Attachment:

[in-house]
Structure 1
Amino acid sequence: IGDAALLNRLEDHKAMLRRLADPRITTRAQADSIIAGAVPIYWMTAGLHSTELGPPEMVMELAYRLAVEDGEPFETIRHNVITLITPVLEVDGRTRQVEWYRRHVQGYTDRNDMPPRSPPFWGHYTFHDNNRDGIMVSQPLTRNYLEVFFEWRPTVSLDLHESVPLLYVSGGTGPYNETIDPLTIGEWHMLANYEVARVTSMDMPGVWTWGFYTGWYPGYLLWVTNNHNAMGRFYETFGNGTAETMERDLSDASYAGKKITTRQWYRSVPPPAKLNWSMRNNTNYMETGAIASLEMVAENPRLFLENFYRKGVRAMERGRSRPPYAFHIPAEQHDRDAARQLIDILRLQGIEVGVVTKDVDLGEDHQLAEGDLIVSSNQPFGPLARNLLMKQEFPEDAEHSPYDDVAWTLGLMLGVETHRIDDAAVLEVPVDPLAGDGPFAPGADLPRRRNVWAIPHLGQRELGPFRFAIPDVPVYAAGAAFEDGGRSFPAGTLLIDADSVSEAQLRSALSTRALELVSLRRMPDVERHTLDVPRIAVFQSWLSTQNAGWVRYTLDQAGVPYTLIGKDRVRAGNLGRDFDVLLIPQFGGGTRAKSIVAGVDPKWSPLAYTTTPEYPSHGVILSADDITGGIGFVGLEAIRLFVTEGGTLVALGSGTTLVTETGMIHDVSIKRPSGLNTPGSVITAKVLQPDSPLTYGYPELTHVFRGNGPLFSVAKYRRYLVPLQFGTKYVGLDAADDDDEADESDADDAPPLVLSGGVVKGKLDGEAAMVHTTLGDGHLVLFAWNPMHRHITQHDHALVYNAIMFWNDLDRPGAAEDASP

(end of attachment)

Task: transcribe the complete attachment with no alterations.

[in-house]
Structure 1
Amino acid sequence: IGDAALLNRLEDHKAMLRRLADPRITTRAQADSIIAGAVPIYWMTAGLHSTELGPPEMVMELAYRLAVEDGEPFETIRHNVITLITPVLEVDGRTRQVEWYRRHVQGYTDRNDMPPRSPPFWGHYTFHDNNRDGIMVSQPLTRNYLEVFFEWRPTVSLDLHESVPLLYVSGGTGPYNETIDPLTIGEWHMLANYEVARVTSMDMPGVWTWGFYTGWYPGYLLWVTNNHNAMGRFYETFGNGTAETMERDLSDASYAGKKITTRQWYRSVPPPAKLNWSMRNNTNYMETGAIASLEMVAENPRLFLENFYRKGVRAMERGRSRPPYAFHIPAEQHDRDAARQLIDILRLQGIEVGVVTKDVDLGEDHQLAEGDLIVSSNQPFGPLARNLLMKQEFPEDAEHSPYDDVAWTLGLMLGVETHRIDDAAVLEVPVDPLAGDGPFAPGADLPRRRNVWAIPHLGQRELGPFRFAIPDVPVYAAGAAFEDGGRSFPAGTLLIDADSVSEAQLRSALSTRALELVSLRRMPDVERHTLDVPRIAVFQSWLSTQNAGWVRYTLDQAGVPYTLIGKDRVRAGNLGRDFDVLLIPQFGGGTRAKSIVAGVDPKWSPLAYTTTPEYPSHGVILSADDITGGIGFVGLEAIRLFVTEGGTLVALGSGTTLVTETGMIHDVSIKRPSGLNTPGSVITAKVLQPDSPLTYGYPELTHVFRGNGPLFSVAKYRRYLVPLQFGTKYVGLDAADDDDEADESDADDAPPLVLSGGVVKGKLDGEAAMVHTTLGDGHLVLFAWNPMHRHITQHDHALVYNAIMFWNDLDRPGAAEDASP